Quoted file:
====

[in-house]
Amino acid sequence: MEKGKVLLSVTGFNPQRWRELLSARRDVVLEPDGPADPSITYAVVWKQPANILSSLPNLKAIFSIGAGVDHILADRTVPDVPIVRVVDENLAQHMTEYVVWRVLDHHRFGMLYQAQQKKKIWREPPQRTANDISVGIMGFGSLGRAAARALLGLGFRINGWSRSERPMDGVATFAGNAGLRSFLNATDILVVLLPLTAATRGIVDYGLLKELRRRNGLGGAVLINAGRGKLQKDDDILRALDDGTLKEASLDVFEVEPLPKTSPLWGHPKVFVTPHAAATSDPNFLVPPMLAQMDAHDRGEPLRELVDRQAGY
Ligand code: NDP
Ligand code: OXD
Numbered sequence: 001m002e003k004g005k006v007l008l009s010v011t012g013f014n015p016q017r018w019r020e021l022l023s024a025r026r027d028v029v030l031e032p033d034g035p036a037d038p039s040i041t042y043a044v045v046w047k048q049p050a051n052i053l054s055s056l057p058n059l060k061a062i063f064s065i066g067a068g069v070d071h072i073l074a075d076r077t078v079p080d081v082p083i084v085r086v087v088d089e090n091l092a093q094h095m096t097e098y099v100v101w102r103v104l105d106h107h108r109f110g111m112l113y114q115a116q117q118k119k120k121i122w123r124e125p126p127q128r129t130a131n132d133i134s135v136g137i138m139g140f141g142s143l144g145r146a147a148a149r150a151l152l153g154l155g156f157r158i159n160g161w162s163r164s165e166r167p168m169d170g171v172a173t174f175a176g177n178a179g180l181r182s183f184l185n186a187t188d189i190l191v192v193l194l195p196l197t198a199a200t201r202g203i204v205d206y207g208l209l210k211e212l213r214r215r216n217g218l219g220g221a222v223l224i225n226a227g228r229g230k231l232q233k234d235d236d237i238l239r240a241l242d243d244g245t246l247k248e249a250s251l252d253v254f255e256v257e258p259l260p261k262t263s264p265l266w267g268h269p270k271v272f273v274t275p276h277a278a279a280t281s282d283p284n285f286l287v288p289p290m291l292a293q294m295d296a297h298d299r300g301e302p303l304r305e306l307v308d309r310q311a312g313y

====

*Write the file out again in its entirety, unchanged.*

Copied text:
[in-house]
Amino acid sequence: MEKGKVLLSVTGFNPQRWRELLSARRDVVLEPDGPADPSITYAVVWKQPANILSSLPNLKAIFSIGAGVDHILADRTVPDVPIVRVVDENLAQHMTEYVVWRVLDHHRFGMLYQAQQKKKIWREPPQRTANDISVGIMGFGSLGRAAARALLGLGFRINGWSRSERPMDGVATFAGNAGLRSFLNATDILVVLLPLTAATRGIVDYGLLKELRRRNGLGGAVLINAGRGKLQKDDDILRALDDGTLKEASLDVFEVEPLPKTSPLWGHPKVFVTPHAAATSDPNFLVPPMLAQMDAHDRGEPLRELVDRQAGY
Ligand code: NDP
Ligand code: OXD
Numbered sequence: 001m002e003k004g005k006v007l008l009s010v011t012g013f014n015p016q017r018w019r020e021l022l023s024a025r026r027d028v029v030l031e032p033d034g035p036a037d038p039s040i041t042y043a044v045v046w047k048q049p050a051n052i053l054s055s056l057p058n059l060k061a062i063f064s065i066g067a068g069v070d071h072i073l074a075d076r077t078v079p080d081v082p083i084v085r086v087v088d089e090n091l092a093q094h095m096t097e098y099v100v101w102r103v104l105d106h107h108r109f110g111m112l113y114q115a116q117q118k119k120k121i122w123r124e125p126p127q128r129t130a131n132d133i134s135v136g137i138m139g140f141g142s143l144g145r146a147a148a149r150a151l152l153g154l155g156f157r158i159n160g161w162s163r164s165e166r167p168m169d170g171v172a173t174f175a176g177n178a179g180l181r182s183f184l185n186a187t188d189i190l191v192v193l194l195p196l197t198a199a200t201r202g203i204v205d206y207g208l209l210k211e212l213r214r215r216n217g218l219g220g221a222v223l224i225n226a227g228r229g230k231l232q233k234d235d236d237i238l239r240a241l242d243d244g245t246l247k248e249a250s251l252d253v254f255e256v257e258p259l260p261k262t263s264p265l266w267g268h269p270k271v272f273v274t275p276h277a278a279a280t281s282d283p284n285f286l287v288p289p290m291l292a293q294m295d296a297h298d299r300g301e302p303l304r305e306l307v308d309r310q311a312g313y